Jasper ewer

WB.73     Body: 1530–1570, neck, foot and mounts: 1811–34 • ewer

Curator's Description

Ewer; jasper; gold mounts, enamelled and jewelled; shoulder with band of shallow fluting; flat mount to lip, engraved with flowers enamelled ruby and green; overarching scroll handle, enamelled lavender, outside set with rubies and terminating in lion mask; inner whirl of handle is double, enamelled black on underside; foot mounted in similar style, set with rubies.

This object was collected and bequeathed to the British Museum by Ferdinand Anselm Rothschild.

How big is it?

6.2 cm wide, 13.8 cm high, 6.2 cm deep, and it weighs 150g

Detailed Curatorial Notes

Text from Tait 1991a:-

Origin: Uncertain; previously described as 'French, 16th century', but more probably substantially altered in second half of 19th century, perhaps in Germany.

Provenance: None is recorded.

Commentary: The quality of the enamelled gold mounts is exceptionally poor in both design and execution. They are so inferior that the former attribution (in Read 1902 and Dalton 1927) to a French workshop in the sixteenth century has to be questioned and critically analysed.

There is also a very striking difference between the quality of the jasper oviform body and that of the neck section above the fluting. The body is a beautifully proportioned polished hardstone of attractive colouring and interesting veining, with a subtly worked band of restrained classical ornament on the shoulder. The body has all the characteristics of a fine product from one of the sixteenth-century Court workshops, perhaps in Northern Italy (Milan?), as early as the middle of the century. It compares with the miniature cups and cover (H. 16 cm), made of jasper and carved with similar concave fluted ornament, preserved among the Medici collections in the Museo degli Argenti, Florence (Kirsten Aschengreen Piacenti, ‘Il Museo degli Argenti’, Milan, 1967, p. 141, no. 244; Kirsten Aschengreen Piacenti, ‘Capolavori del Museo degli Argenti’, Florence, 1969, p. 68, col. pl.), or, indeed, the rock-crystal ewer in the Prado Museum (D. A. Iñiguez, ‘Catálogo de las Alhajas de Delfín’, Museo del Prado, Madrid, 1989, p. 120, no. 74). In contrast, the neck section is a feebly formed, dull piece of hardstone that is abruptly joined on to the fluting of the body in a most insensitive and wholly improbable manner. Neither the neck itself nor the oval lip has any Renaissance or Mannerist character, and this weakness is repeated around the lip, where the gold rim-mount is both flat and thin with neither a sense of three-dimensional form nor even a strong outline.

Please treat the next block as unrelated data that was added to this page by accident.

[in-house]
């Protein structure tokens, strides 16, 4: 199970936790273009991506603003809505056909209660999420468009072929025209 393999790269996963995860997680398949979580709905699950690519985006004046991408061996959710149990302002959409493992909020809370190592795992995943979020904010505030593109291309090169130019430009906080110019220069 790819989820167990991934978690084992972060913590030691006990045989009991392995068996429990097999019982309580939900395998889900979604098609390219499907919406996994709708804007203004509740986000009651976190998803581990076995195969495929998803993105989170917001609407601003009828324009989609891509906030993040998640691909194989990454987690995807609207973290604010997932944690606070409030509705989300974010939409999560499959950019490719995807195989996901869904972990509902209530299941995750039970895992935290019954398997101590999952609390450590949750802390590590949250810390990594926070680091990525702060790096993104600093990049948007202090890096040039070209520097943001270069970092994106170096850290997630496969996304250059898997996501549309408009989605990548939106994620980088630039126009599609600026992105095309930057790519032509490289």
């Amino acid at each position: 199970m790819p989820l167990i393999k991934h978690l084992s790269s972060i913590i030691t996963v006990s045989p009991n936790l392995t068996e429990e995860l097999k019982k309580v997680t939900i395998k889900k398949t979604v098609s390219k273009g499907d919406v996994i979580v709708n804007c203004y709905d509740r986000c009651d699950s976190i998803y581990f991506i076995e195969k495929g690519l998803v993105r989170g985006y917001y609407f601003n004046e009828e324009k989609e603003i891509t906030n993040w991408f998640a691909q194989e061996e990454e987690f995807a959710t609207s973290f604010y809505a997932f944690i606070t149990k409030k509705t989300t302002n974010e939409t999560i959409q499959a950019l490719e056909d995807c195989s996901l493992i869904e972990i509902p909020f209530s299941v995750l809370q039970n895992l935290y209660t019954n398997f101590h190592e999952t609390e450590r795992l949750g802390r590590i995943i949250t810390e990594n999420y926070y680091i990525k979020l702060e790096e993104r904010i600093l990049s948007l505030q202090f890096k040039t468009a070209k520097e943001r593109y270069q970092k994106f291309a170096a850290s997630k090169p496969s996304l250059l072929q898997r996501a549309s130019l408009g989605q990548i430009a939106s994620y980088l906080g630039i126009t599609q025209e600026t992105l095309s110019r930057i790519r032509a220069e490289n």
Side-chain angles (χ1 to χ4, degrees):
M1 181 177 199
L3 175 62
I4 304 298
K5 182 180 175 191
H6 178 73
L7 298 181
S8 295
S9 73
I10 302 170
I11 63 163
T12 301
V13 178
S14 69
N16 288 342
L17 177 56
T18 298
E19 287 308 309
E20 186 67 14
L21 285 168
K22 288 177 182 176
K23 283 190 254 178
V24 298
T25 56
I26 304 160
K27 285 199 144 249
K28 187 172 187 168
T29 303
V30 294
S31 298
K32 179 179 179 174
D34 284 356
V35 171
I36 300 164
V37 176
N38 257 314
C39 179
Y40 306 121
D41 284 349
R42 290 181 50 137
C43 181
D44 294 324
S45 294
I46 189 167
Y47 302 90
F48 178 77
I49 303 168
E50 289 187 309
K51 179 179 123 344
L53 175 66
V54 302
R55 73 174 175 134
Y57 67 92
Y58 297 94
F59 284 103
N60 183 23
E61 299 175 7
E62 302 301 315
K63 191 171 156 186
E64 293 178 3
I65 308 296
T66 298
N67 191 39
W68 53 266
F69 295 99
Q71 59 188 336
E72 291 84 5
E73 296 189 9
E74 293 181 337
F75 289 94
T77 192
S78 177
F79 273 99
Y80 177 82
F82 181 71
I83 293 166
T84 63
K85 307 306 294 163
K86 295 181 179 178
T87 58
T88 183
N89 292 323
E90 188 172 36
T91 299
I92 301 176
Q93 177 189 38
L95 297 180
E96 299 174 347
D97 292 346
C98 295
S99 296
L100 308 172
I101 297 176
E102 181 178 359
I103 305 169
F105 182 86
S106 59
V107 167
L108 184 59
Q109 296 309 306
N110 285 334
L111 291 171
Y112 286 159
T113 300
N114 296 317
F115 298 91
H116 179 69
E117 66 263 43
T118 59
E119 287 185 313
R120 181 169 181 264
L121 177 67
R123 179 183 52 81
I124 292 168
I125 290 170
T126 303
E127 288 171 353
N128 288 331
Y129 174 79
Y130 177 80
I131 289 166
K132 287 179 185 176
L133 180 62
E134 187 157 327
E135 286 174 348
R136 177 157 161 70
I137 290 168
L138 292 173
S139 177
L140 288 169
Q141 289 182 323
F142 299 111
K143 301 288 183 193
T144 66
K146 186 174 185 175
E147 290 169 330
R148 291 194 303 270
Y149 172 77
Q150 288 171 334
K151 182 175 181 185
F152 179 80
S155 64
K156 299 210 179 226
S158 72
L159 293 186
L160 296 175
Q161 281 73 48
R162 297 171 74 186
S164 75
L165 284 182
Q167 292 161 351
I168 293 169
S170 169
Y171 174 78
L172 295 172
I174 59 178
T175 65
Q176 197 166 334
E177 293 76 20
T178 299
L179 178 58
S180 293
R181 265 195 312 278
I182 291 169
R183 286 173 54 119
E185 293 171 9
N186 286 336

When the hardstone stem was broken, the foot was drilled (through the stub of the stem) and a modern threaded rod and nut were used to repair the damage; but it is clear that the rest of the enamelled gold stem was also made at the same time. It is carefully designed to hide the broken stem, and the lower lobed edge is calculated to rest almost horizontally on the upper surface of the foot.

When the enamelled decoration and goldsmiths' work of the short stem are closely examined, they are found to share many of the inferior qualities that mar the rest of the gold mounts, and therefore to indicate a common origin.

The Vasters workshop in Aachen appears to have produced a high standard of enamelled decoration, although it is by no means consistent. There were probably craftsmen of different levels of skill employed by Reinhold Vasters, but as yet none has been identified. However, the clumsy mixing of blue enamel on to the white enamelled mask at the base of the handle is a particular example of incompetence that is not usually found on Vasters fakes, and may in time help to determine the location of the nineteenth-century workshop responsible for this restoration in the Renaissance style.


  • Charles Hercules Read, ‘The Waddesdon Bequest: Catalogue of the Works of Art bequeathed to the British Museum by Baron Ferdinand Rothschild, M.P., 1898’, London, 1902, no. 73, fig. 12
  • O.M. Dalton, ‘The Waddesdon Bequest’, 2nd edn (rev), British Museum, London, 1927, no. 73
  • Hugh Tait, 'Catalogue of the Waddesdon Bequest in the British Museum. III. The Curiosities', British Museum, London, 1991, no.27, figs. 263-266.
  • References

    1. Read 1902: Read, Charles Hercules, The Waddesdon Bequest. Catalogue of the Works of Art Bequeathed to the British Museum by Baron Ferdinand Rothschild, M.P., 1898, London, BMP, 1902
    2. Dalton 1927: Dalton, Ormonde Maddock, The Waddesdon Bequest : jewels, plate, and other works of art bequeathed by Baron Ferdinand Rothschild., London, BMP, 1927
    3. Tait 1991a: Tait, Hugh, Catalogue of the Waddesdon Bequest in the British Museum; III The 'Curiosities', London, BMP, 1991

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